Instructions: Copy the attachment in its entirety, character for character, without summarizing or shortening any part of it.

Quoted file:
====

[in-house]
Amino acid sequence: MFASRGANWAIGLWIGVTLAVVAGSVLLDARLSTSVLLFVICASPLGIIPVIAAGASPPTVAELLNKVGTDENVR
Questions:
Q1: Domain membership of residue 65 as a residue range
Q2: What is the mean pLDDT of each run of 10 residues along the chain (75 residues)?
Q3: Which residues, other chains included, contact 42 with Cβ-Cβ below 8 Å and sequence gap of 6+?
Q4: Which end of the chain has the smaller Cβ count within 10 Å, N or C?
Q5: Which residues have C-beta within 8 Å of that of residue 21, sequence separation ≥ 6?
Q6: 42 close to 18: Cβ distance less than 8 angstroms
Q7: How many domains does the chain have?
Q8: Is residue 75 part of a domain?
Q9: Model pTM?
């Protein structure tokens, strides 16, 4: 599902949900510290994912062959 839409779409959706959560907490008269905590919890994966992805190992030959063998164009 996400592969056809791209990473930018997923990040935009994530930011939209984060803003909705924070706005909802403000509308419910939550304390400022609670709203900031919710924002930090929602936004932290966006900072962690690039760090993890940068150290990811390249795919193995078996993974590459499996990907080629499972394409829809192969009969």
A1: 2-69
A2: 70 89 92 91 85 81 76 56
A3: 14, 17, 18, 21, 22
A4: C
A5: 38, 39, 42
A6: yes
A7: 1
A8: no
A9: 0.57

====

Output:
[in-house]
Amino acid sequence: MFASRGANWAIGLWIGVTLAVVAGSVLLDARLSTSVLLFVICASPLGIIPVIAAGASPPTVAELLNKVGTDENVR
Questions:
Q1: Domain membership of residue 65 as a residue range
Q2: What is the mean pLDDT of each run of 10 residues along the chain (75 residues)?
Q3: Which residues, other chains included, contact 42 with Cβ-Cβ below 8 Å and sequence gap of 6+?
Q4: Which end of the chain has the smaller Cβ count within 10 Å, N or C?
Q5: Which residues have C-beta within 8 Å of that of residue 21, sequence separation ≥ 6?
Q6: 42 close to 18: Cβ distance less than 8 angstroms
Q7: How many domains does the chain have?
Q8: Is residue 75 part of a domain?
Q9: Model pTM?
């Protein structure tokens, strides 16, 4: 599902949900510290994912062959 839409779409959706959560907490008269905590919890994966992805190992030959063998164009 996400592969056809791209990473930018997923990040935009994530930011939209984060803003909705924070706005909802403000509308419910939550304390400022609670709203900031919710924002930090929602936004932290966006900072962690690039760090993890940068150290990811390249795919193995078996993974590459499996990907080629499972394409829809192969009969």
A1: 2-69
A2: 70 89 92 91 85 81 76 56
A3: 14, 17, 18, 21, 22
A4: C
A5: 38, 39, 42
A6: yes
A7: 1
A8: no
A9: 0.57